humid season occur in the remaining one third of the year. Being sufficiently far from the equator, this region experiences clear seasonal changes in solar radiations and wind directions. The remarkable mean diurnal changes may be observed from 11-12° C in hot dry and cool dry seasons while this range narrows up to 3-6° C in warm humid season. Relative  humidity reaches up to 95% during the wet period. There is little or no rain during dry season. Hot and dusty winds blow during dry season. However monsoon winds are strong and steady (Koenisberger, 2001). Dominated hot and dry season remained a problematic situation in this region throughout the centuries. Even Babur, the first Mughal ruler in India complained about the dusty winds and climate of the region in his memoir ’Tuzik-i-Babri’ (Grover, 2002).

Microclimate Control

The gardens of paradise mentioned in the Holy Quran have been the source of inspiration throughout the Islamic world (Kausar, 2005). Mughals also used this tool not only as a  symbol but to improve the quality of the immediate surrounding environment of their buildings. The environment outside the building is important to control the inside temperature
of the building. The external air is treated by improving microclimate of the region which  consequently enhances the quality of air inside the building. Vegetation was added to improve
the quality of outer spaces and to enhance cooling by evapo-transpiration. The process of evapo-transpiration adds water vapors to the air and brings down the air temperature. The  water bodies (still and moving) were added to the palaces to improve the humidity in hot and dry regions Fountains are the better way to improve the quality of air as it  sprinkles the water drops into the air and make the process of evaporation faster. Mughals also used fountain in their buildings. These water channels and fountains are found frequently  inside the buildings. Nahar-i-Bahisht (canal of paradise) is an example of water channel which passes through internal spaces of the building to modify internal environment. Most of the Mughal buildings are surrounded by a landscaped area to modify the microclimate of the region.


sandfree challange

Be the Part of Sand Free Campaign by Econaur !

Modern forms of human existence, associated with rapid economic development, have contributed to an over-exploitation of renewable natural resources such as land and forests, and the exhaustion of non-renewable resources such as minerals and fossil fuels.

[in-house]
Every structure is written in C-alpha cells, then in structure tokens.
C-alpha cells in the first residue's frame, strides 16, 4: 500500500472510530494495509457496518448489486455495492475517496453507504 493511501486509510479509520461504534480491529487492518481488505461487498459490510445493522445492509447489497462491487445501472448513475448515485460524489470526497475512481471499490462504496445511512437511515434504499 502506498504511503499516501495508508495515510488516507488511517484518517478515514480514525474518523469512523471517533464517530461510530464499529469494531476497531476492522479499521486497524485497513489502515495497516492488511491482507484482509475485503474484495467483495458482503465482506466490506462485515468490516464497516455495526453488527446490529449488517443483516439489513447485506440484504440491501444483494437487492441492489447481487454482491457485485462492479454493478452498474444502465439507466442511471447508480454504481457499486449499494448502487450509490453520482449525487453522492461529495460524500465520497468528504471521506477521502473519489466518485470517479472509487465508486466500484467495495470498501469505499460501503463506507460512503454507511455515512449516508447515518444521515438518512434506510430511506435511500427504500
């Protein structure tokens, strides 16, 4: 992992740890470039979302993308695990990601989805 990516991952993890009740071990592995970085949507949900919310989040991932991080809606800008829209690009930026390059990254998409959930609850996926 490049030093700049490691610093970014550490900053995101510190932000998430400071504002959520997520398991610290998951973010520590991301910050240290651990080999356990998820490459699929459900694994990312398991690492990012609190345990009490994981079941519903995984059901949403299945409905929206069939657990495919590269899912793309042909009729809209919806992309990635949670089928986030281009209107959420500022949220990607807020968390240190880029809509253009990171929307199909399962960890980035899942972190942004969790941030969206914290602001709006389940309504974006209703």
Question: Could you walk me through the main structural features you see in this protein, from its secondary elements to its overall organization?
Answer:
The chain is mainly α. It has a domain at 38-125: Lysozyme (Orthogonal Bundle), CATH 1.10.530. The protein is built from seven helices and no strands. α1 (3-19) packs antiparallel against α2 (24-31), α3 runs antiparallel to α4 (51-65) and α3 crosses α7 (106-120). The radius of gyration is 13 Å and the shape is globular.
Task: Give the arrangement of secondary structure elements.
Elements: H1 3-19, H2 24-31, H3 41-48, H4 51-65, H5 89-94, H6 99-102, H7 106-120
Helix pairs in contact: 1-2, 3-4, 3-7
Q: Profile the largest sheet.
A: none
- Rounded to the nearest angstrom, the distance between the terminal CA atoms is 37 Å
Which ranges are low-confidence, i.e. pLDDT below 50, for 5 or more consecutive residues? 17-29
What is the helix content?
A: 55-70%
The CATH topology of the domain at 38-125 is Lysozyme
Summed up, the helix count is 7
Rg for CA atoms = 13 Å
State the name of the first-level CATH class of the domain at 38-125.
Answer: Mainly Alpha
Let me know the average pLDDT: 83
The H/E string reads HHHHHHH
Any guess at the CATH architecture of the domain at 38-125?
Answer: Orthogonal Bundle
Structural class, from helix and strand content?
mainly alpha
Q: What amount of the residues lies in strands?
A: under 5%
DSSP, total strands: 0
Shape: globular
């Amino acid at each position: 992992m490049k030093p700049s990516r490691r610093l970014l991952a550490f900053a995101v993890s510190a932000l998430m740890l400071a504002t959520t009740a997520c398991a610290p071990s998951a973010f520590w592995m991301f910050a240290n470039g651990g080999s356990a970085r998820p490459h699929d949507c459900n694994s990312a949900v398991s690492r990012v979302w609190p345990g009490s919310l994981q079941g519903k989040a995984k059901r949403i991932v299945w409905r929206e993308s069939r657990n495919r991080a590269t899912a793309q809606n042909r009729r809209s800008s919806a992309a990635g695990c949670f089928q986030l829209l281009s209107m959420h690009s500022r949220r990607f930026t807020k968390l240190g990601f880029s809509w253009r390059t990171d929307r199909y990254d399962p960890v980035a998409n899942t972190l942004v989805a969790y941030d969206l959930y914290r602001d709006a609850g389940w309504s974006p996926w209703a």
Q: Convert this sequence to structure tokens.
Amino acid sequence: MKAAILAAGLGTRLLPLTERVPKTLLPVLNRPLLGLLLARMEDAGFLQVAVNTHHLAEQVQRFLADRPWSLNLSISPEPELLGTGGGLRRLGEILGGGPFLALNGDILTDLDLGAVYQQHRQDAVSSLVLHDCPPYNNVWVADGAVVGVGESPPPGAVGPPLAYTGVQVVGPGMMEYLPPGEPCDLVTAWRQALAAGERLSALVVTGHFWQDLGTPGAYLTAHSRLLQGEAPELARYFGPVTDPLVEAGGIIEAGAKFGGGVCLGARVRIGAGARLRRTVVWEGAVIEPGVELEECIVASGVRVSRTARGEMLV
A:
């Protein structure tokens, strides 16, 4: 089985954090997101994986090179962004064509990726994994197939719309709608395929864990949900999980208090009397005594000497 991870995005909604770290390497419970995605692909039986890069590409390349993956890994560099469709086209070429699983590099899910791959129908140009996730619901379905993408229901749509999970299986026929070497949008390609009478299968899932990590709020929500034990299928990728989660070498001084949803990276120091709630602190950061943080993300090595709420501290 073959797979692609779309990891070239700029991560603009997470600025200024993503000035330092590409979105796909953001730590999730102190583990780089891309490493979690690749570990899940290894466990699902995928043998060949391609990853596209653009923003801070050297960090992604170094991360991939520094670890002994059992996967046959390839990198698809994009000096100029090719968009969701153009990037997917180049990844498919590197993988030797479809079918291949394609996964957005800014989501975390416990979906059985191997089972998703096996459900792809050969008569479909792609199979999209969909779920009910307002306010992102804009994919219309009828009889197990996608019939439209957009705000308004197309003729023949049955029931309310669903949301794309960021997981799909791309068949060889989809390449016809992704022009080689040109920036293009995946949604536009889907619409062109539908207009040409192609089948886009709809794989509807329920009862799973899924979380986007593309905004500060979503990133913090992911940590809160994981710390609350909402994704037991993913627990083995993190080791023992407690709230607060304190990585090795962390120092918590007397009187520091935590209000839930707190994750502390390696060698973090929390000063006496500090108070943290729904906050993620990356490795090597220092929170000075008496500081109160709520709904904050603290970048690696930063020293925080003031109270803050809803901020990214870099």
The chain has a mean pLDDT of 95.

We have impacted the natural resources to a great extent for our own greed. To prevent the coming generation from the depletion of the resources and to give them a better environment we need to adapt the “Sustainable Measures” in construction.

The primary in this is the use of sand. We need to stop sand mining and adopt the measures that are “Sand free” as only this can provide us a sustainable Life. From forcing the river to change its course, to affecting the groundwater tables and adversely impacting the habitat of micro-organisms, the ramifications of illegal sand mining are many.

Sand is important for ground water recharge, on a riverbed it acts as a link between the flowing river and the water table and is part of the aquifer,” said Manoj Misra of the NGO Yamuna Jiye Abhiyan. “We have seen the impact of tampering with the rivers and their resources in the recent Uttarakhand floods. When sand and boulders are removed in an unimpeded way using heavy machines, the erosion capacity of the river increases. Sand and boulders prevent the river from changing the course and act as a buffer for the riverbed.”

As unplanned removal of sand has severe impacts on our bio-diversity: “There are a lot of micro-organisms that are not visible and widely known, but are critical to soil structure and fertility. When we dredge sand, we literally take away their habitat,”